Emergency Savings vs Savings

Tip #4:

There is a difference between an emergency savings and a regular savings. The regular savings can be used to buy a car, for a down payment on a home, or for preparation to take a trip. An emergency savings is a small fund that individuals invest into for a “rainy day.” The emergency savings should not be touched unless there is an emergency. Shopping is not an emergency. Going on a trip with friends at the spur of the moment is not an emergency. Your car breaking down and that is needed to get to and from work is an emergency. Your child needing emergency surgery that your insurance will not pay for is an emergency. You just want to be able to take care of anything that comes up in your life without stressing.

You want to keep both accounts separate. Even if you invest $15 from each check into the emergency savings account, that will leave you with $360 a year that can be used in a time of need. Start putting something away in your emergency savings and savings account. Every penny really does count. Budgeting is the best way to see the plan.

Let’s walk that path of financial freedom!

Small Spending

Tip #3:

It is not the big spending that puts us in financial trouble. The $7 here, $5.25 there, and the $12 everywhere is what gets us in trouble. Yep! Small spending does it all the time. Smaller amounts may look like no big deal until you check your bank statement. A lot of times, the smaller amounts come from unnecessary spending. Small amounts do add up! One minute, we will have $500 in our account and then we will look up and have $285. Watch your small spending and keep track of all receipts. A lot of those unnecessary expenses can go towards paying on your credit card, paying on some loans, or even in your savings!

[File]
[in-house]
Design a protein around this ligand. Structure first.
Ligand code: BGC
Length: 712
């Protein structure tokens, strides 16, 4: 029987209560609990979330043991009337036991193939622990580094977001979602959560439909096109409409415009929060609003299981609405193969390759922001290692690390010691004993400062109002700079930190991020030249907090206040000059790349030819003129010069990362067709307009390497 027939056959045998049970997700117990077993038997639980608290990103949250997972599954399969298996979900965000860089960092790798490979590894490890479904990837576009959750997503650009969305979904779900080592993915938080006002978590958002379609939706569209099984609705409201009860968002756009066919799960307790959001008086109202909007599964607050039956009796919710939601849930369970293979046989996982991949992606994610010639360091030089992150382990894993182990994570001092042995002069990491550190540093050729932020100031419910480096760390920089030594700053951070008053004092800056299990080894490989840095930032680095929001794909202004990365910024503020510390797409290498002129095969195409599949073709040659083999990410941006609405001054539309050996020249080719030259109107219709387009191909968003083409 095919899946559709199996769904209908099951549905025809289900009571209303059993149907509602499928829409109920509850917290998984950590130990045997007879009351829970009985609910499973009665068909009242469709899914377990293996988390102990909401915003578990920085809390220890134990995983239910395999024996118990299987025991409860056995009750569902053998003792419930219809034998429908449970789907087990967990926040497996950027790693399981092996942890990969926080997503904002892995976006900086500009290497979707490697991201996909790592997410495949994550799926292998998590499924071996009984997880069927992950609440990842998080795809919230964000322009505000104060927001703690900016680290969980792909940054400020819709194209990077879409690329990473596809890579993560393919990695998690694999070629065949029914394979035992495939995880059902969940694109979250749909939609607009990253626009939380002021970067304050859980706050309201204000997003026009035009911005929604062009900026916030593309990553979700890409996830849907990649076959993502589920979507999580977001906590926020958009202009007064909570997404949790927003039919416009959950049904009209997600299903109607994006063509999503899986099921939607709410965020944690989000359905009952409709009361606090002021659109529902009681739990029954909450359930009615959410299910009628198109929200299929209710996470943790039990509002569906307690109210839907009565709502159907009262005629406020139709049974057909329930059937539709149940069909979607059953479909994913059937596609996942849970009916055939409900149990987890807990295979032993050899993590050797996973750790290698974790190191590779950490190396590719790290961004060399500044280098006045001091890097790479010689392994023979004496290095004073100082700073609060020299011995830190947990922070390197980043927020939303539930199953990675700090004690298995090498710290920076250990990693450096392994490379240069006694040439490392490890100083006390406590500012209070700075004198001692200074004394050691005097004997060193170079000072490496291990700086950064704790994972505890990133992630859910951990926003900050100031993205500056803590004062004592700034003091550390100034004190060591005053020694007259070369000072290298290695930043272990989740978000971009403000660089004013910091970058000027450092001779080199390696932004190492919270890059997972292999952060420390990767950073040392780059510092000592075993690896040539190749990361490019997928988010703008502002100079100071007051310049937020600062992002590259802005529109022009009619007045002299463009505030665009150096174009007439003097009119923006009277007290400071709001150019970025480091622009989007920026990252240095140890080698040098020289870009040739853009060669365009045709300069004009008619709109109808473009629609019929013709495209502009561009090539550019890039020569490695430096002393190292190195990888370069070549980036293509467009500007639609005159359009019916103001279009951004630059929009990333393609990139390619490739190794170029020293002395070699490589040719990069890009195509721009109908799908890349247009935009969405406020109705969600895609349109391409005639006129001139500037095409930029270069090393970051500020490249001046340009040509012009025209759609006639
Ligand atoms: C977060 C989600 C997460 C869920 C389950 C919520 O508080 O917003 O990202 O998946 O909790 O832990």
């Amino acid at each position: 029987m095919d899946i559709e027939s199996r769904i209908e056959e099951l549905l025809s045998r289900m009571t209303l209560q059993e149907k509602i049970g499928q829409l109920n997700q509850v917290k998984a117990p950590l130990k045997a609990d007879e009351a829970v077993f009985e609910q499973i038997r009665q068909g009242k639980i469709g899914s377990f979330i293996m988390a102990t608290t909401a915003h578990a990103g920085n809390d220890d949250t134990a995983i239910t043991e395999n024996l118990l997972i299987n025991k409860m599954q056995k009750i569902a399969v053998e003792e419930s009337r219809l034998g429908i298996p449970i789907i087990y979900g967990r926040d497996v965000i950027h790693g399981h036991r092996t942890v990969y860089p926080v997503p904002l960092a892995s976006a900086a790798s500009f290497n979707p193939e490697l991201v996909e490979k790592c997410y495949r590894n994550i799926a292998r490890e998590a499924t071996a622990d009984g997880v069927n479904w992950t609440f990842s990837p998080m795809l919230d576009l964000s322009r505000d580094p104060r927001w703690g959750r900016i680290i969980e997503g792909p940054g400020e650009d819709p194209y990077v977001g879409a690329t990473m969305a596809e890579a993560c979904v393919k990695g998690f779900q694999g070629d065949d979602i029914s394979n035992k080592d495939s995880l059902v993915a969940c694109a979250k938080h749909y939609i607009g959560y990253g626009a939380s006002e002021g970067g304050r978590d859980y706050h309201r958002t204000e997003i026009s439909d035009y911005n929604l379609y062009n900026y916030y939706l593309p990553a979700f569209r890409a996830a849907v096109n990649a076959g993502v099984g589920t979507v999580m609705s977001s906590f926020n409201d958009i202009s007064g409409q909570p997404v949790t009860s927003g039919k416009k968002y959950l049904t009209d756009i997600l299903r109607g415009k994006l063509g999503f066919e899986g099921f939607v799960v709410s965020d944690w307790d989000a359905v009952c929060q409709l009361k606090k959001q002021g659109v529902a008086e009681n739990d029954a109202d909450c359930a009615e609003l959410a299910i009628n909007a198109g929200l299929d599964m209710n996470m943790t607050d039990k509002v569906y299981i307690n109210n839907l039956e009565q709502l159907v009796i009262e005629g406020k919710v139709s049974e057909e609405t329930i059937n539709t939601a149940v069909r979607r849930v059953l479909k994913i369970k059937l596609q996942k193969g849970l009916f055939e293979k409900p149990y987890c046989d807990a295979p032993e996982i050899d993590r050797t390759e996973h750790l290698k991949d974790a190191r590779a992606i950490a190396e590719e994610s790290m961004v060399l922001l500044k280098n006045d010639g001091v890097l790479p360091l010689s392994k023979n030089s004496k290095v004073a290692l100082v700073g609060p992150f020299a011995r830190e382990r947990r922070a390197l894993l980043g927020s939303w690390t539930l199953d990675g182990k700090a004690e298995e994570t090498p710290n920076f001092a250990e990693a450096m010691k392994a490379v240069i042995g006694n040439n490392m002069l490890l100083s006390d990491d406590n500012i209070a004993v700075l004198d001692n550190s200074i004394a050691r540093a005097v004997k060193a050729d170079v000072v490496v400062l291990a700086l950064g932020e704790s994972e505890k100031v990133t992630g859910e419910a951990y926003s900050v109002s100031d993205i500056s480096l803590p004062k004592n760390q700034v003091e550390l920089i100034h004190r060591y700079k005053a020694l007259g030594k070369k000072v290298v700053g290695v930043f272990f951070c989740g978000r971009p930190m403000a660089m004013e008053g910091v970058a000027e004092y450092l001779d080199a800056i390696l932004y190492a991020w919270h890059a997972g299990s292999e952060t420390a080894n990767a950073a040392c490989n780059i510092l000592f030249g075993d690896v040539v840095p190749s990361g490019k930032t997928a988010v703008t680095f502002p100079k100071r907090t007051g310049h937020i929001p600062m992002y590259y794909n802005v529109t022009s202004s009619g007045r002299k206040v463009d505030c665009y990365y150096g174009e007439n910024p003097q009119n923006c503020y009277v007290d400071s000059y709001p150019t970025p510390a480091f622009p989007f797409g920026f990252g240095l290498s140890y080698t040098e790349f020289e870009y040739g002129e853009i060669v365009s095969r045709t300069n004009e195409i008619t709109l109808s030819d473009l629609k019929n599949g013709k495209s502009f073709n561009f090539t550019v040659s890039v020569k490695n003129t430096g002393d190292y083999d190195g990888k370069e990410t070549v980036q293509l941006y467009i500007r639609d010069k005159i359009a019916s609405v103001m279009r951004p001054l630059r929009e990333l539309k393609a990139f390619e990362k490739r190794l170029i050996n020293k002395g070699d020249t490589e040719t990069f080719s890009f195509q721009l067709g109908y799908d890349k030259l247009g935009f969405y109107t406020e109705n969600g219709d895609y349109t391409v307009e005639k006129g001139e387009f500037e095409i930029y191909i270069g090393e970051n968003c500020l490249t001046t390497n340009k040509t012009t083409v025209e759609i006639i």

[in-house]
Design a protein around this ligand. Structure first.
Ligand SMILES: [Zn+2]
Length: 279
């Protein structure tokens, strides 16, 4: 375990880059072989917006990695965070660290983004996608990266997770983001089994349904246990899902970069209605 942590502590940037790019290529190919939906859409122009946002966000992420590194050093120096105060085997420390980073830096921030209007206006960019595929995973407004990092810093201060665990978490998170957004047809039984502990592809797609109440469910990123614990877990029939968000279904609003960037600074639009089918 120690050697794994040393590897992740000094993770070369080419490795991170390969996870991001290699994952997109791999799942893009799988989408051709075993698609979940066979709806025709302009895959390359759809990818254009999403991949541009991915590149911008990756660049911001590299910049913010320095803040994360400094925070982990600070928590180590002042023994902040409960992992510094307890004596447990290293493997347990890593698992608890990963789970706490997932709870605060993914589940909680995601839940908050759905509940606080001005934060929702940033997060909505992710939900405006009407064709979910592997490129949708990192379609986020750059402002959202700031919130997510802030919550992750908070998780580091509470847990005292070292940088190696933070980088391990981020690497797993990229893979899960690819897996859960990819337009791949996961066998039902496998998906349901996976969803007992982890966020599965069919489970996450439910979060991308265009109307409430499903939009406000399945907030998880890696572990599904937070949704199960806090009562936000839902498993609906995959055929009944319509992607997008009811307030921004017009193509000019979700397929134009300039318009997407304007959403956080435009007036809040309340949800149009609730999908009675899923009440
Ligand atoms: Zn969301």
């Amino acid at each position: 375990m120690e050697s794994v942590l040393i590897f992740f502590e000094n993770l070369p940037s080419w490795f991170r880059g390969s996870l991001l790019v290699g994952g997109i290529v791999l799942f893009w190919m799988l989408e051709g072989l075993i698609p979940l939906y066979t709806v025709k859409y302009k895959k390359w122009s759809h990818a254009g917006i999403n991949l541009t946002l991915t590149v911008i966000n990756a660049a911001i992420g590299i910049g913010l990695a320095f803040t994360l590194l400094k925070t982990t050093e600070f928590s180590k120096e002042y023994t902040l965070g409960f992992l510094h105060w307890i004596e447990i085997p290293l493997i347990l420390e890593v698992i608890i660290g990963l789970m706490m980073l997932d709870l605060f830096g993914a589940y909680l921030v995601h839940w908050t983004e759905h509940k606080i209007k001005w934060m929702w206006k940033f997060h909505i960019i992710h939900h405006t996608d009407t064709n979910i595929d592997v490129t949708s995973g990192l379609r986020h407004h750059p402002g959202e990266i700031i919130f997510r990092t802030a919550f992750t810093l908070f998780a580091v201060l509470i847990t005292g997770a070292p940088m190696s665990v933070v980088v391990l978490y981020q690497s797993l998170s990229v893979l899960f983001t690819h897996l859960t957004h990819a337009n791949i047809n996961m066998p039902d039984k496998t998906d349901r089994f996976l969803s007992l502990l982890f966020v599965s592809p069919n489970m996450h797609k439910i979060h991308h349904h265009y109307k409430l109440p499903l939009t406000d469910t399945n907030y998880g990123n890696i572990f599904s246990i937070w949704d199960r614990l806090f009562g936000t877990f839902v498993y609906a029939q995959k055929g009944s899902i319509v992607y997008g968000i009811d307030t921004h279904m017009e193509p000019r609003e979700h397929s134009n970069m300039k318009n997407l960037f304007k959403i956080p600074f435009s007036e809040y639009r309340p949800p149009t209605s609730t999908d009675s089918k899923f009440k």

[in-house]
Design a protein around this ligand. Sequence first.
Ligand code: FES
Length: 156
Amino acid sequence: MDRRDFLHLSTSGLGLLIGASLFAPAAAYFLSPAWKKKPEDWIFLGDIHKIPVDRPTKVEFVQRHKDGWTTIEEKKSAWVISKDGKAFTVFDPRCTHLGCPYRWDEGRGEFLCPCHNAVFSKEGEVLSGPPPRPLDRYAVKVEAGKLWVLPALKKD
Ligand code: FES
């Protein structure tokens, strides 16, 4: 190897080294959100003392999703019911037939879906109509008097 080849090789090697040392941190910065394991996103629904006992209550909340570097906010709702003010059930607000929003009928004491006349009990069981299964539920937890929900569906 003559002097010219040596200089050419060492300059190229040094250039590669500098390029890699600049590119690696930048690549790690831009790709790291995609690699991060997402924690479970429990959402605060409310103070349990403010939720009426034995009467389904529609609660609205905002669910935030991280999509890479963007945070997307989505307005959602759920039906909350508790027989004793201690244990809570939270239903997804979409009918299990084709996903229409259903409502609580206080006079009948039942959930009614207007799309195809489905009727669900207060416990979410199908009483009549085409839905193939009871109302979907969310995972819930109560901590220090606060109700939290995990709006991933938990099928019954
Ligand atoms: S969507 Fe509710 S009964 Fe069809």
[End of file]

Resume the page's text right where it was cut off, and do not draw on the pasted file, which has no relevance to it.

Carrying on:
One step closer to financial freedom!

Sale Does Not Mean Saving

Tip #2: Sale does not mean saving!

Just because an item is on sale does not mean that you are saving. The fact still remains that you went out and spent money. This was one of the hardest lessons that I had to learn. I thought because of a price being $50 to $100 cheaper that I was saving. In reality, I still spent money. The market price of the item might have dropped, but so did my value of my finances.

Saving is the putting away money without touching. Spending is the act of transferring cash from your account to someone else’s. When I go spend money on sales, I am still transferring money out of my account. A lot of times, the sale are on items that have been marked up at least twice of their cost, so you are paying the original price or a price that still brings about profit.

Three Times Rule

Tip #1: The Three Times Rule.

After purchasing an item, one should have three times that amount left in their account or on-hand (cash). If one will not have three times the amount of the price of that item, then one cannot afford it. The reason of the Three Times Rule is to make sure one has money for emergencies. For example, I go to the store and see a pair of shoes that are on sale. The shoes are $150 and regular price, they are $250. I check my account and see that I have $200. I remember that all bills are paid and this is my fun money. I buy the shoes and on my way home, something foes wrong with my car. To get my car fixed is going to cost $150. The car is needed to make sure that I get to and from work every day to continue making the money that I spend. Now, I have to find a way to take the shoes back to get the money I need to fix the car. Given that I would only have less than $50 left (don’t forget about the sales tax), that does not leave much wiggle room for me. The shoes are not a priority. My financial future is.

Now, everyone has a different budget. Necessities are not included in The Three Times Rule. The rule applies to unnecessary spending. Try to cut back on your unnecessary spending and put it towards your savings.